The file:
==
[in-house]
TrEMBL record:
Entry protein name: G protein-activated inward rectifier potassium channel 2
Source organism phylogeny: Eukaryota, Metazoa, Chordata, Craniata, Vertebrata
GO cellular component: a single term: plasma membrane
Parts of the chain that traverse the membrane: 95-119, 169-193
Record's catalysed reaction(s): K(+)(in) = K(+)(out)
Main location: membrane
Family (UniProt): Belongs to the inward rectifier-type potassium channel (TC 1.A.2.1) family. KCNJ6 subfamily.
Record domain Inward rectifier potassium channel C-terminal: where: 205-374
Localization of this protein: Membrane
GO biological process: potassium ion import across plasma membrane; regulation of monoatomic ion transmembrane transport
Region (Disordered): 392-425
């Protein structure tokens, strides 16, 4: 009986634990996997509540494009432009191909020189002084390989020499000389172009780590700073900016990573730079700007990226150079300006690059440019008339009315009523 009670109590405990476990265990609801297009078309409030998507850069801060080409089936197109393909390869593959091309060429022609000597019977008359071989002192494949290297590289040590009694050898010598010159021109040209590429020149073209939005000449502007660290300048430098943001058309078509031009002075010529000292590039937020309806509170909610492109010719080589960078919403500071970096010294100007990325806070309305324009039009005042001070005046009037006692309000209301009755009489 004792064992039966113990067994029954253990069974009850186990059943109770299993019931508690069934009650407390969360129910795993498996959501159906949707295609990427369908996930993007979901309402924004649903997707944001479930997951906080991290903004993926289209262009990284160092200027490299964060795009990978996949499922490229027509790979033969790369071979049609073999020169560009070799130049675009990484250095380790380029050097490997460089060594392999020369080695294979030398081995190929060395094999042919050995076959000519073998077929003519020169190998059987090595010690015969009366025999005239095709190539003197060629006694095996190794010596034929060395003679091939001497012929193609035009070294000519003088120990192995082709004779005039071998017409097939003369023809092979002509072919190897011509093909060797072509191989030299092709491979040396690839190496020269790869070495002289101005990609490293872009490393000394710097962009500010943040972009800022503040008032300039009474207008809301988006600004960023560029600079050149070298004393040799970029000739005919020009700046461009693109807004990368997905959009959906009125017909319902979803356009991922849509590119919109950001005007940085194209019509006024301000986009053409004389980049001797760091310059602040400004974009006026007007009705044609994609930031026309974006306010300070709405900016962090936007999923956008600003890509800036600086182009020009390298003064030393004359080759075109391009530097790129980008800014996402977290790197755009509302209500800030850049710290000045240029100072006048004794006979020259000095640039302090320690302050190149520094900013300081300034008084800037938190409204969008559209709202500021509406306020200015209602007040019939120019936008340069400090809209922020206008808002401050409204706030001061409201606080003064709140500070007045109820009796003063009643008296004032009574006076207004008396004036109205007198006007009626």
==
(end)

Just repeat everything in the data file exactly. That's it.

[in-house]
TrEMBL record:
Entry protein name: G protein-activated inward rectifier potassium channel 2
Source organism phylogeny: Eukaryota, Metazoa, Chordata, Craniata, Vertebrata
GO cellular component: a single term: plasma membrane
Parts of the chain that traverse the membrane: 95-119, 169-193
Record's catalysed reaction(s): K(+)(in) = K(+)(out)
Main location: membrane
Family (UniProt): Belongs to the inward rectifier-type potassium channel (TC 1.A.2.1) family. KCNJ6 subfamily.
Record domain Inward rectifier potassium channel C-terminal: where: 205-374
Localization of this protein: Membrane
GO biological process: potassium ion import across plasma membrane; regulation of monoatomic ion transmembrane transport
Region (Disordered): 392-425
């Protein structure tokens, strides 16, 4: 009986634990996997509540494009432009191909020189002084390989020499000389172009780590700073900016990573730079700007990226150079300006690059440019008339009315009523 009670109590405990476990265990609801297009078309409030998507850069801060080409089936197109393909390869593959091309060429022609000597019977008359071989002192494949290297590289040590009694050898010598010159021109040209590429020149073209939005000449502007660290300048430098943001058309078509031009002075010529000292590039937020309806509170909610492109010719080589960078919403500071970096010294100007990325806070309305324009039009005042001070005046009037006692309000209301009755009489 004792064992039966113990067994029954253990069974009850186990059943109770299993019931508690069934009650407390969360129910795993498996959501159906949707295609990427369908996930993007979901309402924004649903997707944001479930997951906080991290903004993926289209262009990284160092200027490299964060795009990978996949499922490229027509790979033969790369071979049609073999020169560009070799130049675009990484250095380790380029050097490997460089060594392999020369080695294979030398081995190929060395094999042919050995076959000519073998077929003519020169190998059987090595010690015969009366025999005239095709190539003197060629006694095996190794010596034929060395003679091939001497012929193609035009070294000519003088120990192995082709004779005039071998017409097939003369023809092979002509072919190897011509093909060797072509191989030299092709491979040396690839190496020269790869070495002289101005990609490293872009490393000394710097962009500010943040972009800022503040008032300039009474207008809301988006600004960023560029600079050149070298004393040799970029000739005919020009700046461009693109807004990368997905959009959906009125017909319902979803356009991922849509590119919109950001005007940085194209019509006024301000986009053409004389980049001797760091310059602040400004974009006026007007009705044609994609930031026309974006306010300070709405900016962090936007999923956008600003890509800036600086182009020009390298003064030393004359080759075109391009530097790129980008800014996402977290790197755009509302209500800030850049710290000045240029100072006048004794006979020259000095640039302090320690302050190149520094900013300081300034008084800037938190409204969008559209709202500021509406306020200015209602007040019939120019936008340069400090809209922020206008808002401050409204706030001061409201606080003064709140500070007045109820009796003063009643008296004032009574006076207004008396004036109205007198006007009626």